So when my sister was here, she and her friend were deciding where to have lunch on Tuesday. It was about 11:30 a.m., and we were between a few different places, including the cafe at Chez Panisse.
I figured it was pretty unlikely we’d actually be able to get in there, but then my sister popped out to tell me that she’d made a reservation for 1:45. Sweet!
Me and my sistah.
I’m sure you probably know, but Chez Panisse is kind of a shrine for foodies, especially slow foodies. The owner, Alice Waters, has been cooking with organic foods from local farms since the ’70s. Pretty much every trendy restaurant that opens here has a chef with Chez Panisse pedigree. It’s kind of a big deal.
Their multi-course dinners are pretty pricey, but fortunately the cafe offers a la carte lunches that are affordable. We each paid $35, including tip, which was more than I would usually pay for lunch, but it didn’t bankrupt me by any means.
So, in short, don’t discount Chez Panisse because it’s too pricey or hard to get into. Just go for lunch!
One thing that’s funny is that the restaurant is kind of hard to spot when you’re driving by. It’s covered in greenery and set back off the street. But inside it’s actually really big. Fortunately, we were seated in a little nook with two other tables and a bunch of lovely tree-shaded windows.
The most adorable guy tended to our water needs (you get both still and bubbly waters in beaker-shaped bottles, just like in Europe). We preferred him over our regular waiter, who was a little hoarse from a cold and seemed kind of spacey. Generally the service leans toward fussy, but in a we-care-a-LOT-about service way that I appreciate. For example, the food came out while Bethany was feeding the parking meter, so a runner brought an extra plate to cover her dish and keep it warm.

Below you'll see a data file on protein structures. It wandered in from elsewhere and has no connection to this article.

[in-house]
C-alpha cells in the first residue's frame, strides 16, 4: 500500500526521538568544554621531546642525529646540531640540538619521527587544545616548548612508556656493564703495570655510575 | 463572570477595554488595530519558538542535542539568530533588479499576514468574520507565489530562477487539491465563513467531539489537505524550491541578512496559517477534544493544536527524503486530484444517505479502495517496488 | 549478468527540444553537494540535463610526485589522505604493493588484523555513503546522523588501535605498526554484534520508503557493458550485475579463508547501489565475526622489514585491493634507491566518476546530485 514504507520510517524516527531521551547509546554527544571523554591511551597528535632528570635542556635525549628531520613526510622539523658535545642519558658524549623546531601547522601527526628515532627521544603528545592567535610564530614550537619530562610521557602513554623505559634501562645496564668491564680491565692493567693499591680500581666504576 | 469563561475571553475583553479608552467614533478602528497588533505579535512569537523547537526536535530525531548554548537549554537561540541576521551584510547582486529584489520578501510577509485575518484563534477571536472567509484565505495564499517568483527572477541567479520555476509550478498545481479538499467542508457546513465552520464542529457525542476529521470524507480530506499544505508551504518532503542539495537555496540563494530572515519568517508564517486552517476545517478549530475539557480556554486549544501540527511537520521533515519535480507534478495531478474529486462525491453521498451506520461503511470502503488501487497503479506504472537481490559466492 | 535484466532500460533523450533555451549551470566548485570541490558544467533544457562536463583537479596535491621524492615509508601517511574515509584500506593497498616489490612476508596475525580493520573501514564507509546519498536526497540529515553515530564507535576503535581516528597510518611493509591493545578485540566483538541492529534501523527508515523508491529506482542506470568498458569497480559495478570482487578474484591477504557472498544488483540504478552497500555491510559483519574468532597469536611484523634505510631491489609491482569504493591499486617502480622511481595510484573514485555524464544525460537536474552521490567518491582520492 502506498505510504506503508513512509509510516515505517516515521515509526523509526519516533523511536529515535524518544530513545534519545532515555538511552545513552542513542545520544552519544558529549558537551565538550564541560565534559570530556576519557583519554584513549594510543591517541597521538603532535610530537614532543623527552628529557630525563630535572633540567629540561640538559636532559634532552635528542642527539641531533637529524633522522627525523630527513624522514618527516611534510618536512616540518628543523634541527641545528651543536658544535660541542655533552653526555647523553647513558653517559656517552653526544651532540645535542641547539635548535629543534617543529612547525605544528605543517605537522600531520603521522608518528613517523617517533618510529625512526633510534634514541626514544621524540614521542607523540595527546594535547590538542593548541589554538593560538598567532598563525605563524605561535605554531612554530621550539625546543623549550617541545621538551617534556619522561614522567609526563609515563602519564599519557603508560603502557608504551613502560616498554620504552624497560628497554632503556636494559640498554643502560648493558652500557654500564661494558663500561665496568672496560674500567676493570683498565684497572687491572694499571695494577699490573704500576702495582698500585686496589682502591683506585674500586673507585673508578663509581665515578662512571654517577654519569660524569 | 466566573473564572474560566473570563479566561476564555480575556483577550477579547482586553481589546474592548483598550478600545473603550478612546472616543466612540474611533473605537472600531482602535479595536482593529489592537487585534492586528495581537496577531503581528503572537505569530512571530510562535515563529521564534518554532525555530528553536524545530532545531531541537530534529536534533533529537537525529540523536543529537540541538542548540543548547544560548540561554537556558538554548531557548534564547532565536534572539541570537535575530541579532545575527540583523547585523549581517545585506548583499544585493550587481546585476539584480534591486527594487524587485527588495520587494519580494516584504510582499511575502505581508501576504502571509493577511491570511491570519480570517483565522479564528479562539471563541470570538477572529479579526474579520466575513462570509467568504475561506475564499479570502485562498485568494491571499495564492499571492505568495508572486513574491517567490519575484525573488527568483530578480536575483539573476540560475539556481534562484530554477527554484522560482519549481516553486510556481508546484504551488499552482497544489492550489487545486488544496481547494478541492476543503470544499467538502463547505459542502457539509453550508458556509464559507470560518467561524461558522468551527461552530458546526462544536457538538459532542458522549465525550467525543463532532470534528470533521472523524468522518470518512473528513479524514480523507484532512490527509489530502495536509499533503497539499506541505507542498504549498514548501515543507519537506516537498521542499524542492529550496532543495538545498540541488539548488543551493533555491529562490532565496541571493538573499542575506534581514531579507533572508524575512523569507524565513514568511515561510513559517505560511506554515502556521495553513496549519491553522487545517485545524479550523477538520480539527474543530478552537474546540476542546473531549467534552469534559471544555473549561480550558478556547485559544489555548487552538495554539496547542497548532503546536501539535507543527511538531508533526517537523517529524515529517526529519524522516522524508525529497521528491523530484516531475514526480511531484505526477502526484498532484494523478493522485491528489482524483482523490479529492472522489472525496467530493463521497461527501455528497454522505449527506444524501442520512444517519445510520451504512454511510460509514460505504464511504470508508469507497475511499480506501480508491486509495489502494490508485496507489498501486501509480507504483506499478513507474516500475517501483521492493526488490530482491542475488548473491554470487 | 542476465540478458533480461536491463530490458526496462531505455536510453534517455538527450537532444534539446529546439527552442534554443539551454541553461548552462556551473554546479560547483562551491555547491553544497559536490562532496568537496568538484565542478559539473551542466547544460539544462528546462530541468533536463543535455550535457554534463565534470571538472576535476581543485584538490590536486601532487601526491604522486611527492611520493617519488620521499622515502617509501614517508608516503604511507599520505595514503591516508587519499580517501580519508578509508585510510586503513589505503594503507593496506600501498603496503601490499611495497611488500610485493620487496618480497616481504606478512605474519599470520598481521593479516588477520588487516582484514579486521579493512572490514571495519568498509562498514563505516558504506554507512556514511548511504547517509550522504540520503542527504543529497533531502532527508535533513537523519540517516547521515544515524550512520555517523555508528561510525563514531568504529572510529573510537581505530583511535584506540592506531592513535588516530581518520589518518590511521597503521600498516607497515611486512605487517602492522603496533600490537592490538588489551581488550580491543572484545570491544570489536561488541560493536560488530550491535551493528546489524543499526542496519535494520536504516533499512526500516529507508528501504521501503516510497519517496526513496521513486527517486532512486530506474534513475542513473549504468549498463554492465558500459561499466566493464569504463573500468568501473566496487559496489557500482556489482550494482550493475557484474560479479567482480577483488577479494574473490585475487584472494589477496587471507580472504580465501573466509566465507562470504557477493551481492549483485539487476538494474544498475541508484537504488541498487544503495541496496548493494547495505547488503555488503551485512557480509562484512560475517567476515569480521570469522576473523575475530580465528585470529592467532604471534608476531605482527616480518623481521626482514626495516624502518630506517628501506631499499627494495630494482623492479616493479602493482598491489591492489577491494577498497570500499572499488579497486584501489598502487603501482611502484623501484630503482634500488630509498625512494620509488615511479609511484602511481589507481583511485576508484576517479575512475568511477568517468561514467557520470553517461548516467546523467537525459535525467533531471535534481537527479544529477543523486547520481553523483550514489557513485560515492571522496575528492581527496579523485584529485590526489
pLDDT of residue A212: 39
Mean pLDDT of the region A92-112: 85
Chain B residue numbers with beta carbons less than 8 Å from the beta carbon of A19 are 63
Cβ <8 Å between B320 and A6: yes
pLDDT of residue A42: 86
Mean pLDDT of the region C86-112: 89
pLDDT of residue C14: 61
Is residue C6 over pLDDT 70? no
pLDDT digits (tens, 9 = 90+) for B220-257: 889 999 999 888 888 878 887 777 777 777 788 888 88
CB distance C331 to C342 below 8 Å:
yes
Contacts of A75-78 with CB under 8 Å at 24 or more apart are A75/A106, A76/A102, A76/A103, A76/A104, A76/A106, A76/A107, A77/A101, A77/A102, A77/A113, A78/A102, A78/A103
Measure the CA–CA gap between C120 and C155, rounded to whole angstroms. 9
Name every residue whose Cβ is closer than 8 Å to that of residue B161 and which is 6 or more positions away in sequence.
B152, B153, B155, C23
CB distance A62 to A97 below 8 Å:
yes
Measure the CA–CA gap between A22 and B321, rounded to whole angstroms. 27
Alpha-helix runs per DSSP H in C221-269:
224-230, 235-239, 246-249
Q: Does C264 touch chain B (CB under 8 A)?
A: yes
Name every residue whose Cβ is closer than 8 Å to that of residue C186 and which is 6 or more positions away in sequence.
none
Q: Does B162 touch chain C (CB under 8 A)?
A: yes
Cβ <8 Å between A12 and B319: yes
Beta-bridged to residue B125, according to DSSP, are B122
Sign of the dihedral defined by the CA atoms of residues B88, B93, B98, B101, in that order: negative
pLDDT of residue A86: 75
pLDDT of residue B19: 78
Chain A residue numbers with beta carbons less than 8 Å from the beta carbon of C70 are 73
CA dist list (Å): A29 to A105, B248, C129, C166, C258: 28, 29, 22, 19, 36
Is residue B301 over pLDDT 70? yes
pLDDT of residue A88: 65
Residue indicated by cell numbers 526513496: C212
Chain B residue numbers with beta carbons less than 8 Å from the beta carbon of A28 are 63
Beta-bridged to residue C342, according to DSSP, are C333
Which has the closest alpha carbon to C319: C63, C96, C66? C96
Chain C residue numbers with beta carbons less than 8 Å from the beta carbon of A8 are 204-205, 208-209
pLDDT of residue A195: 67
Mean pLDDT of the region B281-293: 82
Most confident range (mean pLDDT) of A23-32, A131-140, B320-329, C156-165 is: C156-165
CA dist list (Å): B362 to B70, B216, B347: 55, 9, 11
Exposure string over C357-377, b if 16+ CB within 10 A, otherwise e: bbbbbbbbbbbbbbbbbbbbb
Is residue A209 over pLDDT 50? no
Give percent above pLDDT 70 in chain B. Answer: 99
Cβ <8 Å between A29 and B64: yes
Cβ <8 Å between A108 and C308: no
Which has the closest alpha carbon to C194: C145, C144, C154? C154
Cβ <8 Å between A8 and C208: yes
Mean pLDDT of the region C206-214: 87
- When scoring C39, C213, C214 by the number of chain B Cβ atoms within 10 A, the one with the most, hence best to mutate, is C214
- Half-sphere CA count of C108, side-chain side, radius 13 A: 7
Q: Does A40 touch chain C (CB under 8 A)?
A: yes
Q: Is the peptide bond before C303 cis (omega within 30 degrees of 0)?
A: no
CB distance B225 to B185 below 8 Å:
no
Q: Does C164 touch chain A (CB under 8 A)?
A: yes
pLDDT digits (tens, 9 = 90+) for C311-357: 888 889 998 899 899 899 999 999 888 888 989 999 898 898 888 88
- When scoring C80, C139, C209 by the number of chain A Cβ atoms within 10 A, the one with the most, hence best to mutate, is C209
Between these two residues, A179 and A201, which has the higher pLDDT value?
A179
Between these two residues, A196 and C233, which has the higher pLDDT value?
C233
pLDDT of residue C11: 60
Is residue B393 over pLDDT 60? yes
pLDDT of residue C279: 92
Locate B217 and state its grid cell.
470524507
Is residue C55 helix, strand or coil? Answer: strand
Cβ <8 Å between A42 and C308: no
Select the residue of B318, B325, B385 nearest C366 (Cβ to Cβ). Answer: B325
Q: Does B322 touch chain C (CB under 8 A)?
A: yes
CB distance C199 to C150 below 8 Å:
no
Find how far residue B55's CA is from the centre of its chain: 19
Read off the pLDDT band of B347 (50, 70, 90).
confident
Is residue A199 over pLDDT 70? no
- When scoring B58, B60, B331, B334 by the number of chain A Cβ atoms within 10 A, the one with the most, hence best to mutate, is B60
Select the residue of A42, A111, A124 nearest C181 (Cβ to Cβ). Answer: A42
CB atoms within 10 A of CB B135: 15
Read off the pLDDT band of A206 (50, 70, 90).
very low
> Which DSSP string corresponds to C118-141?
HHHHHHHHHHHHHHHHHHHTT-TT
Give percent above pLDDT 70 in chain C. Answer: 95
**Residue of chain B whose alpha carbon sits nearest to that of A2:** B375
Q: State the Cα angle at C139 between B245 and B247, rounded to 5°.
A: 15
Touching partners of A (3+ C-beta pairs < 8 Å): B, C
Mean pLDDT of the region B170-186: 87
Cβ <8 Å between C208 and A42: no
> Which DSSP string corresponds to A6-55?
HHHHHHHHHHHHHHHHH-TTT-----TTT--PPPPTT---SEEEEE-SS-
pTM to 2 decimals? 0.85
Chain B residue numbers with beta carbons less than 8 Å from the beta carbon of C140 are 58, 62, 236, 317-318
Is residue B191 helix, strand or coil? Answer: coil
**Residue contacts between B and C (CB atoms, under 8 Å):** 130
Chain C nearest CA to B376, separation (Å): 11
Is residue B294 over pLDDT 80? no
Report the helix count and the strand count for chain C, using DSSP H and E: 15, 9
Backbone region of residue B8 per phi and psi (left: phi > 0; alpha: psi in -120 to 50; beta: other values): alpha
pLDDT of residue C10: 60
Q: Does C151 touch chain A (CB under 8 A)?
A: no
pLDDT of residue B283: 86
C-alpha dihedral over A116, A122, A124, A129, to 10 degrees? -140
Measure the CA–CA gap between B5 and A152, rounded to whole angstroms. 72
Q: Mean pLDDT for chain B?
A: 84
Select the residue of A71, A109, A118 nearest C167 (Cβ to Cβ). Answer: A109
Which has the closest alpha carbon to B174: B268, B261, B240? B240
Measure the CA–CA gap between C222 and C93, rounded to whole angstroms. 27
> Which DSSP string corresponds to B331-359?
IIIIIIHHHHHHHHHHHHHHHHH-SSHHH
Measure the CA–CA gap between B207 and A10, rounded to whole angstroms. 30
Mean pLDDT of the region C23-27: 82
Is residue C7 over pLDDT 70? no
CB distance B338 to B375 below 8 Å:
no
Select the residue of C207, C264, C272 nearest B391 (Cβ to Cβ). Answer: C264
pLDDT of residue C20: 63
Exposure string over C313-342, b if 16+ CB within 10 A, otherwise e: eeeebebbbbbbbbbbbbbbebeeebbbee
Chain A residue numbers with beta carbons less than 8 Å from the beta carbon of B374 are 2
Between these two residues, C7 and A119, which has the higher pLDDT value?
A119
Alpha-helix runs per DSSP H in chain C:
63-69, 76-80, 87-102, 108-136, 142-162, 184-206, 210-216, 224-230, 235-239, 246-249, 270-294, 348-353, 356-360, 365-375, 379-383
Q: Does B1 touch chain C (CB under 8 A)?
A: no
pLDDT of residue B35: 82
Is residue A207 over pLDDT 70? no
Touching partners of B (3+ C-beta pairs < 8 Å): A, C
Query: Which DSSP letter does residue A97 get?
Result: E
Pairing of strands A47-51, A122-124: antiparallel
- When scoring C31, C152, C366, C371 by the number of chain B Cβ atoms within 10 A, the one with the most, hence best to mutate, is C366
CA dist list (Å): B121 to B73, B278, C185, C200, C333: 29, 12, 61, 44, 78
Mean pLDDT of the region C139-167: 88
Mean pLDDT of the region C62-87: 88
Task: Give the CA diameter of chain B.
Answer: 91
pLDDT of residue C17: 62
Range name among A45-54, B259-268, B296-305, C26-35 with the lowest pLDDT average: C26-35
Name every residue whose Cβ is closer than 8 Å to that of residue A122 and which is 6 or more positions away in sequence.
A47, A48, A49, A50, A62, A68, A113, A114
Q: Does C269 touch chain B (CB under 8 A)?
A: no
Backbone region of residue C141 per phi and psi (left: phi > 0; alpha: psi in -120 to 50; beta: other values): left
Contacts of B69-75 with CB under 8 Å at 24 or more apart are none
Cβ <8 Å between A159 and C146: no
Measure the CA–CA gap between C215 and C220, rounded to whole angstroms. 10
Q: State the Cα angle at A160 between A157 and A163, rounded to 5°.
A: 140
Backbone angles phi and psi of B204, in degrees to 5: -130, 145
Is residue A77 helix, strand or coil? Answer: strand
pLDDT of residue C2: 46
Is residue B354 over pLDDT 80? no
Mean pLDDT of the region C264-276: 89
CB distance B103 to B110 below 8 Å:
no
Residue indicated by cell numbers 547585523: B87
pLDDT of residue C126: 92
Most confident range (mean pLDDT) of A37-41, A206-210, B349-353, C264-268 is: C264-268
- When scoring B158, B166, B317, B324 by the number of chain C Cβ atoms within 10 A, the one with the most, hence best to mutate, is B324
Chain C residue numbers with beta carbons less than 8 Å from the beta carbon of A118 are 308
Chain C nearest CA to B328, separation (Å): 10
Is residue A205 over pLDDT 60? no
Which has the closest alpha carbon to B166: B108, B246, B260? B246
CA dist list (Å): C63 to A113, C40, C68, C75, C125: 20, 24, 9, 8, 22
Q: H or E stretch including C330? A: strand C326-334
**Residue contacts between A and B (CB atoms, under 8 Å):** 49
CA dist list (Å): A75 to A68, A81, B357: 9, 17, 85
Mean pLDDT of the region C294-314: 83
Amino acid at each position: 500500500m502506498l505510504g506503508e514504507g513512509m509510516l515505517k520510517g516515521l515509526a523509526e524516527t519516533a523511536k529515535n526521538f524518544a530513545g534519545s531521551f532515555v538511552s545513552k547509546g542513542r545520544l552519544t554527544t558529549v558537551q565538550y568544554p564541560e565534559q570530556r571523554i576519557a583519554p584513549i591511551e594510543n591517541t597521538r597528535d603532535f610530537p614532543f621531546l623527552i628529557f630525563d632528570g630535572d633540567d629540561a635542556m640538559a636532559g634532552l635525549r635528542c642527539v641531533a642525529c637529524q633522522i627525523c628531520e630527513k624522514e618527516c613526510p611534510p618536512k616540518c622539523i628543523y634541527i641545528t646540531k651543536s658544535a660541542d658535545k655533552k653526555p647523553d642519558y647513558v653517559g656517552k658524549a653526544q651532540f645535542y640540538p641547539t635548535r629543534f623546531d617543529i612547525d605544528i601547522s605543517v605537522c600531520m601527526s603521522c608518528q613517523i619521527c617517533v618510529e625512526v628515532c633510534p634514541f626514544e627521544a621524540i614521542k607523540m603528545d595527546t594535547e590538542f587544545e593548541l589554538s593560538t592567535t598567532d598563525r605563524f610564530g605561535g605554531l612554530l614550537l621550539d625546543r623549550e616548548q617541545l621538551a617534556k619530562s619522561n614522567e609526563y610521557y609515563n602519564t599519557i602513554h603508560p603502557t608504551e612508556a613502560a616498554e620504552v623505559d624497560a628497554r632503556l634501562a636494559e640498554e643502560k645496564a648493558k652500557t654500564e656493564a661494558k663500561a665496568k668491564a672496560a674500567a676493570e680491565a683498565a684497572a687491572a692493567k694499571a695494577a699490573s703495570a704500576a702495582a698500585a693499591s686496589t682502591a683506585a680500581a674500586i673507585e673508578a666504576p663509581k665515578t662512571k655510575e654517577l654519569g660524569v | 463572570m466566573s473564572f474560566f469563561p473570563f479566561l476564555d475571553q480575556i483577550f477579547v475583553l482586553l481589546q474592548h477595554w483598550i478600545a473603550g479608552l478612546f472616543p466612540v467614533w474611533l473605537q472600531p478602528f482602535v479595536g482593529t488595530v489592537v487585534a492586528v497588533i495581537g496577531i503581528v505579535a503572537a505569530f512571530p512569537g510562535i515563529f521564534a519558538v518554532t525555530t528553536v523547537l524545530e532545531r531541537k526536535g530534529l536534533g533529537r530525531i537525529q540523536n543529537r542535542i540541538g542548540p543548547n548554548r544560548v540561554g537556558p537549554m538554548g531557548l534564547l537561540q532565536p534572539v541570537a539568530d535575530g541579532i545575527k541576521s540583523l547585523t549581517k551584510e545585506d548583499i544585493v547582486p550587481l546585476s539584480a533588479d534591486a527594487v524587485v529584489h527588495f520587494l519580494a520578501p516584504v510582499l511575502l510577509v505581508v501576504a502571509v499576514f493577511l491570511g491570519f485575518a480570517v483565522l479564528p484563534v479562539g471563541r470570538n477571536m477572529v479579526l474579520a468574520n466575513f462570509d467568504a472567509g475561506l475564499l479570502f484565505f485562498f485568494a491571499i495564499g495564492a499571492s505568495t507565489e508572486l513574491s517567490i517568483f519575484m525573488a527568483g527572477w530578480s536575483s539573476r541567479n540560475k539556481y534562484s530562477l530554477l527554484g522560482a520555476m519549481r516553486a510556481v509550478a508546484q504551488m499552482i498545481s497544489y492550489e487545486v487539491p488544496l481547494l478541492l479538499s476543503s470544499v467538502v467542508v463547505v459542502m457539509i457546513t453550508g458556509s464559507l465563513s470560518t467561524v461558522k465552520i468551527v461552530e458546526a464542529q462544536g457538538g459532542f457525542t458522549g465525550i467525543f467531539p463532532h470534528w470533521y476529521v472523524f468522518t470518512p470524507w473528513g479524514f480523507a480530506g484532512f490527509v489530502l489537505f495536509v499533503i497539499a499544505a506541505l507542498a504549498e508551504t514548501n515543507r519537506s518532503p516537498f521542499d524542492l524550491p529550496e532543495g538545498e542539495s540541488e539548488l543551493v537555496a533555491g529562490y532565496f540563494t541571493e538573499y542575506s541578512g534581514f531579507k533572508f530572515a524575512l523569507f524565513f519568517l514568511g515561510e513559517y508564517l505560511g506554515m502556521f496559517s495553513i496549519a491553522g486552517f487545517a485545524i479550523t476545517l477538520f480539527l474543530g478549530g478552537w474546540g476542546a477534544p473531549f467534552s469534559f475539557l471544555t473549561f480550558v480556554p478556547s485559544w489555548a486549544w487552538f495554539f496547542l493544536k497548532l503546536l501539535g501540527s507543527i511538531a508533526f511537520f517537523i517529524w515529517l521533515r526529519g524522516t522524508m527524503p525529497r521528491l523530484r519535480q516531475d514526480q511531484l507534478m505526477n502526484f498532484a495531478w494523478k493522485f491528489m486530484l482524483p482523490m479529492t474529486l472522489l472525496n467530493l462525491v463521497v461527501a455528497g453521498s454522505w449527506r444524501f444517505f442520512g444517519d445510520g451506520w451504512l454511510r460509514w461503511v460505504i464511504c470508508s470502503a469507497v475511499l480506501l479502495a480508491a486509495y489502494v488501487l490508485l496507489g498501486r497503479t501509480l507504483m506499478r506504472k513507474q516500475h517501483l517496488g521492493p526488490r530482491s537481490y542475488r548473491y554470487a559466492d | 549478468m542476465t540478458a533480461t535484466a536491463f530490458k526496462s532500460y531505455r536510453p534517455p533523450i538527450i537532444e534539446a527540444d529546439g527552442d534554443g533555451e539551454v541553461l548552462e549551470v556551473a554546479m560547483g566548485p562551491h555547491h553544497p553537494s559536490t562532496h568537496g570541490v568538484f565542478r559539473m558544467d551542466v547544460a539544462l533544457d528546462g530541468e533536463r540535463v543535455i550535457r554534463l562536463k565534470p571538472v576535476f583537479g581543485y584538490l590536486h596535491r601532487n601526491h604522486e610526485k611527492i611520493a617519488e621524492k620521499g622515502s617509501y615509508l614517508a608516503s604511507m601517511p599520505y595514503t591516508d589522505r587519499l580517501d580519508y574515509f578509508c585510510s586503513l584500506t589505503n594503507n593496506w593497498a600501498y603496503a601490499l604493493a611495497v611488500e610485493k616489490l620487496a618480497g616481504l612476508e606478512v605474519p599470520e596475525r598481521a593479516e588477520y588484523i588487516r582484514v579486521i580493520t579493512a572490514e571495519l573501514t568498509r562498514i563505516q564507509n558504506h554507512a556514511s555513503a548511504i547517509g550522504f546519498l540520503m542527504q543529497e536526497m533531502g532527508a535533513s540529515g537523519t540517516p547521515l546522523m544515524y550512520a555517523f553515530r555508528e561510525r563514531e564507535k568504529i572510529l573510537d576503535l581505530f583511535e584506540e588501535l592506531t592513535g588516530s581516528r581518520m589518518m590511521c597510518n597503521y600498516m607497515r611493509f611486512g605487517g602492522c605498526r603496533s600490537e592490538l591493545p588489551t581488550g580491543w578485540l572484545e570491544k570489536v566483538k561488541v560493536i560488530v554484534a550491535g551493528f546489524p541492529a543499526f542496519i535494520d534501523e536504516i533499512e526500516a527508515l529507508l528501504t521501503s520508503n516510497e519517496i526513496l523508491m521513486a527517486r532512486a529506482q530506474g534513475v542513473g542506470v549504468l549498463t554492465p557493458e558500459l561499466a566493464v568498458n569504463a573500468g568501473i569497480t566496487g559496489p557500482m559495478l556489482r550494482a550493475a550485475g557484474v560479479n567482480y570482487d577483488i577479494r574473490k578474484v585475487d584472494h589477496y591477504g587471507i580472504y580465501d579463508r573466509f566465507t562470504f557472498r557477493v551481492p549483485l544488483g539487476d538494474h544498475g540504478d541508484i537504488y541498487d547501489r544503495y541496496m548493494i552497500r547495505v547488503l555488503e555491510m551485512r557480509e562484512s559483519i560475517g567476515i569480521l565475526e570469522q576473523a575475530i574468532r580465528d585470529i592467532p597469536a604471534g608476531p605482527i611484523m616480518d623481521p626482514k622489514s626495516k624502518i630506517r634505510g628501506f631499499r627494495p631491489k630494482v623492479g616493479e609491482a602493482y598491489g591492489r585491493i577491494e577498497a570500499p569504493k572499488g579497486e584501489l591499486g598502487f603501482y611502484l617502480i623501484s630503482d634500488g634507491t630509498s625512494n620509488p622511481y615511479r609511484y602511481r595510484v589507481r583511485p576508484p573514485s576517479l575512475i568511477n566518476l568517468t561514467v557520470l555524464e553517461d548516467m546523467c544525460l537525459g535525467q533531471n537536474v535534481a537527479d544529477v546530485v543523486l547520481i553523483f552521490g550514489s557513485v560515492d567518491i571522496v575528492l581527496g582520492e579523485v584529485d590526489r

The menus are printed every day so you know you’re getting seasonal options. Even the plates are made locally. They definitely take their commitment to local seriously.
So what did we eat?
First off, some really yummy bread and butter. Wheat, of course.
Then we split a green bean/frisee salad, which we ate so fast I don’t have a photo. The best part was the crunch of toasted hazelnuts on top.
We decided we would each get an entree, and then rotate our plates around so we could sample all of them. I had pasta with sundried tomatoes and pesto. Megan had roasted chicken with cole slaw and crispy fried potatoes. Bethany had salmon with mashed potatoes. All very simple dishes, but fancied up in all the right ways.
The only semi-disappointment was our dessert. We got a rhubarb tart with creme fraiche that was pretty tasty. But we all agreed we make better rhubarb desserts ourselves.
Overall, I’m just really glad I got to experience this legendary restaurant, and even more glad that it’s only a few miles away and I can experience it any time!
Spotted in Berkeley: knit bike racks.